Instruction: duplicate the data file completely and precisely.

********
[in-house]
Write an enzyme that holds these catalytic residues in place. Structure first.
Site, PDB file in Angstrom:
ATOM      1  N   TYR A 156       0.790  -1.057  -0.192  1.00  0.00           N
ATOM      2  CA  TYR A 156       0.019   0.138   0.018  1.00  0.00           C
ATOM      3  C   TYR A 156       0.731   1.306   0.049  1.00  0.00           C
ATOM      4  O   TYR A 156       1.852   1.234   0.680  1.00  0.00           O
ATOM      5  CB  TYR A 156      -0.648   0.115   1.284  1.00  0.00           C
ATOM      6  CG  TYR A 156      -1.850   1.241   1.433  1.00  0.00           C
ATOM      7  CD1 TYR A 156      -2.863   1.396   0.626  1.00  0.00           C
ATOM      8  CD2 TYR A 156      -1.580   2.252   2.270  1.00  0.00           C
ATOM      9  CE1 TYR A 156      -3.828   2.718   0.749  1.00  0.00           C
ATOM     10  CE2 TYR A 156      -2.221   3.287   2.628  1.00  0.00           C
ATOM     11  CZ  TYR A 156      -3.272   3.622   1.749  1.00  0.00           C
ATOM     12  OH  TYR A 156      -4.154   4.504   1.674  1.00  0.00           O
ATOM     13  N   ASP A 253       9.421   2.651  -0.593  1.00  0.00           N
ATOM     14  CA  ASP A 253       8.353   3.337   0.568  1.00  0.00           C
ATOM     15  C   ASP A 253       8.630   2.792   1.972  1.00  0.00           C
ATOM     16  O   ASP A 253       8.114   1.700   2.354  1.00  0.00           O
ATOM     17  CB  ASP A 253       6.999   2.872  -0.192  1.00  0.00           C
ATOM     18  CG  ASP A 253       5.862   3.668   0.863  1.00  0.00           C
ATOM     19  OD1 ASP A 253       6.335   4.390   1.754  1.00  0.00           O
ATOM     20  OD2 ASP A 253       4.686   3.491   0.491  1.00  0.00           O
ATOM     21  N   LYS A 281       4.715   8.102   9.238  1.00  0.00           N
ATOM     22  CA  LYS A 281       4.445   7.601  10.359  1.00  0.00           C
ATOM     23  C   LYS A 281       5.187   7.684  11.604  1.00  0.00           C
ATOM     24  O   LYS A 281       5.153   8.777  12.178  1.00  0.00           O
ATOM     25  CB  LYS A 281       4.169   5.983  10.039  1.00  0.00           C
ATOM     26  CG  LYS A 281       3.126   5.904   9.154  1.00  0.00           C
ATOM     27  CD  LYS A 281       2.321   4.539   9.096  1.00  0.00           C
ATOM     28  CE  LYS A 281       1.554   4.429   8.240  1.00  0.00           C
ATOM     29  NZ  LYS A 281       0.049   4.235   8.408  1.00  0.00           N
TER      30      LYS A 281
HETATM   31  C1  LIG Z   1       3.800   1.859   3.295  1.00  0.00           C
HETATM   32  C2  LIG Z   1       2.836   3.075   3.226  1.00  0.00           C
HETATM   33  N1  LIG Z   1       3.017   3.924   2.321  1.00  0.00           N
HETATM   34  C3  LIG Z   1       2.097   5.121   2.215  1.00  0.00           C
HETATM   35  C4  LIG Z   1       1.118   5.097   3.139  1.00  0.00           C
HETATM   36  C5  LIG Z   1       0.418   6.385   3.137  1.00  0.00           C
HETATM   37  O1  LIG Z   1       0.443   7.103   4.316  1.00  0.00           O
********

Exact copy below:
[in-house]
Write an enzyme that holds these catalytic residues in place. Structure first.
Site, PDB file in Angstrom:
ATOM      1  N   TYR A 156       0.790  -1.057  -0.192  1.00  0.00           N
ATOM      2  CA  TYR A 156       0.019   0.138   0.018  1.00  0.00           C
ATOM      3  C   TYR A 156       0.731   1.306   0.049  1.00  0.00           C
ATOM      4  O   TYR A 156       1.852   1.234   0.680  1.00  0.00           O
ATOM      5  CB  TYR A 156      -0.648   0.115   1.284  1.00  0.00           C
ATOM      6  CG  TYR A 156      -1.850   1.241   1.433  1.00  0.00           C
ATOM      7  CD1 TYR A 156      -2.863   1.396   0.626  1.00  0.00           C
ATOM      8  CD2 TYR A 156      -1.580   2.252   2.270  1.00  0.00           C
ATOM      9  CE1 TYR A 156      -3.828   2.718   0.749  1.00  0.00           C
ATOM     10  CE2 TYR A 156      -2.221   3.287   2.628  1.00  0.00           C
ATOM     11  CZ  TYR A 156      -3.272   3.622   1.749  1.00  0.00           C
ATOM     12  OH  TYR A 156      -4.154   4.504   1.674  1.00  0.00           O
ATOM     13  N   ASP A 253       9.421   2.651  -0.593  1.00  0.00           N
ATOM     14  CA  ASP A 253       8.353   3.337   0.568  1.00  0.00           C
ATOM     15  C   ASP A 253       8.630   2.792   1.972  1.00  0.00           C
ATOM     16  O   ASP A 253       8.114   1.700   2.354  1.00  0.00           O
ATOM     17  CB  ASP A 253       6.999   2.872  -0.192  1.00  0.00           C
ATOM     18  CG  ASP A 253       5.862   3.668   0.863  1.00  0.00           C
ATOM     19  OD1 ASP A 253       6.335   4.390   1.754  1.00  0.00           O
ATOM     20  OD2 ASP A 253       4.686   3.491   0.491  1.00  0.00           O
ATOM     21  N   LYS A 281       4.715   8.102   9.238  1.00  0.00           N
ATOM     22  CA  LYS A 281       4.445   7.601  10.359  1.00  0.00           C
ATOM     23  C   LYS A 281       5.187   7.684  11.604  1.00  0.00           C
ATOM     24  O   LYS A 281       5.153   8.777  12.178  1.00  0.00           O
ATOM     25  CB  LYS A 281       4.169   5.983  10.039  1.00  0.00           C
ATOM     26  CG  LYS A 281       3.126   5.904   9.154  1.00  0.00           C
ATOM     27  CD  LYS A 281       2.321   4.539   9.096  1.00  0.00           C
ATOM     28  CE  LYS A 281       1.554   4.429   8.240  1.00  0.00           C
ATOM     29  NZ  LYS A 281       0.049   4.235   8.408  1.00  0.00           N
TER      30      LYS A 281
HETATM   31  C1  LIG Z   1       3.800   1.859   3.295  1.00  0.00           C
HETATM   32  C2  LIG Z   1       2.836   3.075   3.226  1.00  0.00           C
HETATM   33  N1  LIG Z   1       3.017   3.924   2.321  1.00  0.00           N
HETATM   34  C3  LIG Z   1       2.097   5.121   2.215  1.00  0.00           C
HETATM   35  C4  LIG Z   1       1.118   5.097   3.139  1.00  0.00           C
HETATM   36  C5  LIG Z   1       0.418   6.385   3.137  1.00  0.00           C
HETATM   37  O1  LIG Z   1       0.443   7.103   4.316  1.00  0.00           O